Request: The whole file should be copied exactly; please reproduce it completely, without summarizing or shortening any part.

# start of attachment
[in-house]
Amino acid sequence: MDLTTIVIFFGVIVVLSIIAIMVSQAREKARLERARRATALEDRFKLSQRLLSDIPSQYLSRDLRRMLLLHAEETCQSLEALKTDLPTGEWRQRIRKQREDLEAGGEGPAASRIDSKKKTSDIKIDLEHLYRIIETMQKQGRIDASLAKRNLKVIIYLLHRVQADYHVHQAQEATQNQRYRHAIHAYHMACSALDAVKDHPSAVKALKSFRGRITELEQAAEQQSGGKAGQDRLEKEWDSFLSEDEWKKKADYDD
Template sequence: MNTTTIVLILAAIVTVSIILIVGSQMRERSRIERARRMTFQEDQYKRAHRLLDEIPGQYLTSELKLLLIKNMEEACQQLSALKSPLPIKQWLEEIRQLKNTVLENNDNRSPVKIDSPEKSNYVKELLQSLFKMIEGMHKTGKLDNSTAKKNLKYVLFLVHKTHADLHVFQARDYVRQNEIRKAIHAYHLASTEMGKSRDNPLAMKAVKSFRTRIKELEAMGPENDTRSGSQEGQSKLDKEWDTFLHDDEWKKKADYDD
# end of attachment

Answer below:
[in-house]
Amino acid sequence: MDLTTIVIFFGVIVVLSIIAIMVSQAREKARLERARRATALEDRFKLSQRLLSDIPSQYLSRDLRRMLLLHAEETCQSLEALKTDLPTGEWRQRIRKQREDLEAGGEGPAASRIDSKKKTSDIKIDLEHLYRIIETMQKQGRIDASLAKRNLKVIIYLLHRVQADYHVHQAQEATQNQRYRHAIHAYHMACSALDAVKDHPSAVKALKSFRGRITELEQAAEQQSGGKAGQDRLEKEWDSFLSEDEWKKKADYDD
Template sequence: MNTTTIVLILAAIVTVSIILIVGSQMRERSRIERARRMTFQEDQYKRAHRLLDEIPGQYLTSELKLLLIKNMEEACQQLSALKSPLPIKQWLEEIRQLKNTVLENNDNRSPVKIDSPEKSNYVKELLQSLFKMIEGMHKTGKLDNSTAKKNLKYVLFLVHKTHADLHVFQARDYVRQNEIRKAIHAYHLASTEMGKSRDNPLAMKAVKSFRTRIKELEAMGPENDTRSGSQEGQSKLDKEWDTFLHDDEWKKKADYDD